DAGMARA GENDA

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mail@dagmaragenda.com
+49 (0)1573 1834 625

Ink Drawings (2018- )

Mannerist and Renaissance sculptures were observed and later loosely redrawn with brush and ink. Some of the final drawings are abstract while others are pornographically dark--very much like their references which, with their roots in classical mythology, form the basis of European civilization. These have served as the basis for collages and expanded drawings in space. All drawings are on A3 paper.

Reorganization of One Hedge (Rachel Ruysch) (2016)

This magazine intervention is part of the larger project Beating the Bush. In this particular project, I reorganized photographs of leaves from one bush into a Dutch still-life that was later reorganized into different types of inventories. The centrefold, for example, simply shows all the leaves used in the collage laid out according to shape and size. Another page shows all the leaves used, and on the back side, how many of each were used. These reorganizations are interspersed throughout BlackFlash Magazine, thus interrupting the linear flow of the publication.

Collage from "Beating the Bush" (2015-16)

As part of the larger project Beating the Bush, various types of collages were made by rearranging photographs of leaves from one plant, the Common Laurel. Photographed over the course of months, the leaves of the shrub were isolated in Photoshop and used as "brush strokes." These particular ones are individual photos of leaves, hand-cut and collaged into geometric forms on paper. I've made them in two sizes: 22.9x30.5cm and 66x101.6cm.

Park Wildlife Portraits (2012-13)

Fantastical, absurd, illustrative and sometimes perverse, this series of "portraits" was made to accompany a large-scale panoramic drawing. They are swirling Bosch-like depictions of wildlife deformed by human contact. Formally complex, these pictures were an attempt to seamlessly combine collage, drawing and painting. They are all, give or take, 120 x 85cm.

Soviet Monoliths and Capitalist Skyscrapers (2007-2013)

Stalinist architecture was actually modelled off turn-of-the-century American highrises, though East and West share a longstanding mutual animosity. I started drawing the Palace of Culture and Science in Warsaw and combining it with morphing, intuitive imagery traced out of paint splatters. Slowly other Kruschev-era buildings and Chicago highrises creeped in to create floating hybrid growths.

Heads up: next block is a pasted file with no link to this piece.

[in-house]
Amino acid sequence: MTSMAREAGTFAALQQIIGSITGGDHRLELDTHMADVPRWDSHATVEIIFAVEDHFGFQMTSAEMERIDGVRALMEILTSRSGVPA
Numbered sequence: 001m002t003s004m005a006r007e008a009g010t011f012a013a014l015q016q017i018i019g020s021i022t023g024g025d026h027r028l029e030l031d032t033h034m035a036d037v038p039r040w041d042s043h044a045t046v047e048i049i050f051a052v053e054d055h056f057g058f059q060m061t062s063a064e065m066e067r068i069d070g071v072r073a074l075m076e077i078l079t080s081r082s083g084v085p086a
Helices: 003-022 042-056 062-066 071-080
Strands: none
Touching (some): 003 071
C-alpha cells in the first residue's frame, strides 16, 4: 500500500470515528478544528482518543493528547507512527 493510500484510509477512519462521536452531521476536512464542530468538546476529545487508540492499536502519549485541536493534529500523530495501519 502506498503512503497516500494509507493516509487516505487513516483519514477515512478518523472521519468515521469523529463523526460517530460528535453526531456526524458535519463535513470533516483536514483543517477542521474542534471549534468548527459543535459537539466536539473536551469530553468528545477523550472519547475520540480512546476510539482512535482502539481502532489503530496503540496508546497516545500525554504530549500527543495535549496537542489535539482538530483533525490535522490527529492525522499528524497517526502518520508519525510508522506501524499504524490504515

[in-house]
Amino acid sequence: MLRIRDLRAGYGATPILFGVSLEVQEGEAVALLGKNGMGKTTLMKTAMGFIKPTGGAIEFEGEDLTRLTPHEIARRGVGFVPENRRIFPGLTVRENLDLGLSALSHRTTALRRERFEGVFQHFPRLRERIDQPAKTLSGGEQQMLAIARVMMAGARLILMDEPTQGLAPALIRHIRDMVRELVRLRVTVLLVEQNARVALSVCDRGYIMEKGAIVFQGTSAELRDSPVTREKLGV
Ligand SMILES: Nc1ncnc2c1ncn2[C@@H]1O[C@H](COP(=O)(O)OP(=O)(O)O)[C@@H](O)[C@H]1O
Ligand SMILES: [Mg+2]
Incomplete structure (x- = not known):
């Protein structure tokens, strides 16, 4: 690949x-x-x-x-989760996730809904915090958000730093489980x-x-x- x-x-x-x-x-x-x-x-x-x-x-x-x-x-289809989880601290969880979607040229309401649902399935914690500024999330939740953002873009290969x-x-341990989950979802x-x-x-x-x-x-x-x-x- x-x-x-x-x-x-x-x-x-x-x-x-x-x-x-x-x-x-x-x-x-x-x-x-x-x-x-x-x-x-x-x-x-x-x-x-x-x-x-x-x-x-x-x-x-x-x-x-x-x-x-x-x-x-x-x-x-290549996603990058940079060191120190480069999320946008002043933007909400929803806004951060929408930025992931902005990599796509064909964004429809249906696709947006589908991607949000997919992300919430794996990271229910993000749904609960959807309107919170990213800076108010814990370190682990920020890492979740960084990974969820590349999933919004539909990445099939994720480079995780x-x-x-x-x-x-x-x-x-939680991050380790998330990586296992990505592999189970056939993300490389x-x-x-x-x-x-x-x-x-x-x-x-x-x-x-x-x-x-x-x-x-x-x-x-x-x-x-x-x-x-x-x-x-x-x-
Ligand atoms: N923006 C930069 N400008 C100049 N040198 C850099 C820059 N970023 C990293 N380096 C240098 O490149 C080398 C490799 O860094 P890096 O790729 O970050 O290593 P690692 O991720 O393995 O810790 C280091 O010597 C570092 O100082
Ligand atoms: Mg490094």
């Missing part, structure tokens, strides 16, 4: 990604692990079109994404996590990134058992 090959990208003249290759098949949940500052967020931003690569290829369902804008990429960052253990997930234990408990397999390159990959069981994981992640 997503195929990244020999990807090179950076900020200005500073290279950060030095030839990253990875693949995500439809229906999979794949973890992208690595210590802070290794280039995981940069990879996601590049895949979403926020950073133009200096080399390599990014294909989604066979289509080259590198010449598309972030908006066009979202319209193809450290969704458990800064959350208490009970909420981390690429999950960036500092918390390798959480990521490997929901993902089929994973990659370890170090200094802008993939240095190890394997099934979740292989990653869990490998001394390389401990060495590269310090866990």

The Wallpaper Drawings (2007-2011)

These drawings use wallpaper as a groundwork for all sorts of beautiful, horrible and ambiguous imagery. First a pattern is drawn onto paper, then gesso or latex is brushed atop, and traced through to produce a contrast between the drawing as a from-the-gut activity and an ordered grid (albeit a very flowery one). Wallpaper has often been associated with patterns of behaviour, or, according to Adolf Loos, with the hysterical female temperament. These pictures break patterns but also create new ones.

You are invited to an exchange of correspondence during the isolation forced upon us by the pandemic. All you need is a postcard-sized piece of paper onto which you can make a drawing, print a photo, write a poem or your favorite family recipe – whatever gets you through this exceptional time.

In return I will send you a drawing on a 12 x 17 cm card. The goal is, rather than to post online, to use the original post, to directly send a message, rather than messaging an undefined audience.

Please contact me for further information and to exchange addresses. I am looking forward to hearing from you.

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This Fall, I am teaching two online courses at the Berlin Art Institute: "Drawing it out: an exploration into the possibilities of drawing," and "How do we talk about art?" For more information or to enroll please visit the Berlin Art Institute's site.